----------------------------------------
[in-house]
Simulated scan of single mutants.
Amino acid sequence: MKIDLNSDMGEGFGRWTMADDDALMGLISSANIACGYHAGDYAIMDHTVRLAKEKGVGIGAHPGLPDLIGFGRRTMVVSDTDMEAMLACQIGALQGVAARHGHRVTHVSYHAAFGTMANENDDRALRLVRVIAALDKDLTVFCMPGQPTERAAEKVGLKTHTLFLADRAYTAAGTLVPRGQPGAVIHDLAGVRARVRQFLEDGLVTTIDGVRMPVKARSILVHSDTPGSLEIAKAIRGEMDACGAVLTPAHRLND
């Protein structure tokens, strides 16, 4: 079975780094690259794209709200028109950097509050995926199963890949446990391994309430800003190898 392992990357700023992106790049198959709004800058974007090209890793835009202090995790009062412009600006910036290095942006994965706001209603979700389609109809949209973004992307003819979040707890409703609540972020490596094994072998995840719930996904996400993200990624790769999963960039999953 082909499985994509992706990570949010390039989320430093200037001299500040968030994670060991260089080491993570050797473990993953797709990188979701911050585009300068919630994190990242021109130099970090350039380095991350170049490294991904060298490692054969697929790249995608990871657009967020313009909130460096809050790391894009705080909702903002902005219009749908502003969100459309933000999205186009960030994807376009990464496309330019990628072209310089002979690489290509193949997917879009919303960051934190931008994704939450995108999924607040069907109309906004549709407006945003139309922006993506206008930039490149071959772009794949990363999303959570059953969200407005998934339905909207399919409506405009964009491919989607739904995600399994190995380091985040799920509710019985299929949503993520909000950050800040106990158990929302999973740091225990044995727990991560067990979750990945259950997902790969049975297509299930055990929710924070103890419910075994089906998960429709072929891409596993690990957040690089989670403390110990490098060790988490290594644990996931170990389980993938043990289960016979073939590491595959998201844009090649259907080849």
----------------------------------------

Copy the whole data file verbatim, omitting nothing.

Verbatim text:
[in-house]
Simulated scan of single mutants.
Amino acid sequence: MKIDLNSDMGEGFGRWTMADDDALMGLISSANIACGYHAGDYAIMDHTVRLAKEKGVGIGAHPGLPDLIGFGRRTMVVSDTDMEAMLACQIGALQGVAARHGHRVTHVSYHAAFGTMANENDDRALRLVRVIAALDKDLTVFCMPGQPTERAAEKVGLKTHTLFLADRAYTAAGTLVPRGQPGAVIHDLAGVRARVRQFLEDGLVTTIDGVRMPVKARSILVHSDTPGSLEIAKAIRGEMDACGAVLTPAHRLND
């Protein structure tokens, strides 16, 4: 079975780094690259794209709200028109950097509050995926199963890949446990391994309430800003190898 392992990357700023992106790049198959709004800058974007090209890793835009202090995790009062412009600006910036290095942006994965706001209603979700389609109809949209973004992307003819979040707890409703609540972020490596094994072998995840719930996904996400993200990624790769999963960039999953 082909499985994509992706990570949010390039989320430093200037001299500040968030994670060991260089080491993570050797473990993953797709990188979701911050585009300068919630994190990242021109130099970090350039380095991350170049490294991904060298490692054969697929790249995608990871657009967020313009909130460096809050790391894009705080909702903002902005219009749908502003969100459309933000999205186009960030994807376009990464496309330019990628072209310089002979690489290509193949997917879009919303960051934190931008994704939450995108999924607040069907109309906004549709407006945003139309922006993506206008930039490149071959772009794949990363999303959570059953969200407005998934339905909207399919409506405009964009491919989607739904995600399994190995380091985040799920509710019985299929949503993520909000950050800040106990158990929302999973740091225990044995727990991560067990979750990945259950997902790969049975297509299930055990929710924070103890419910075994089906998960429709072929891409596993690990957040690089989670403390110990490098060790988490290594644990996931170990389980993938043990289960016979073939590491595959998201844009090649259907080849």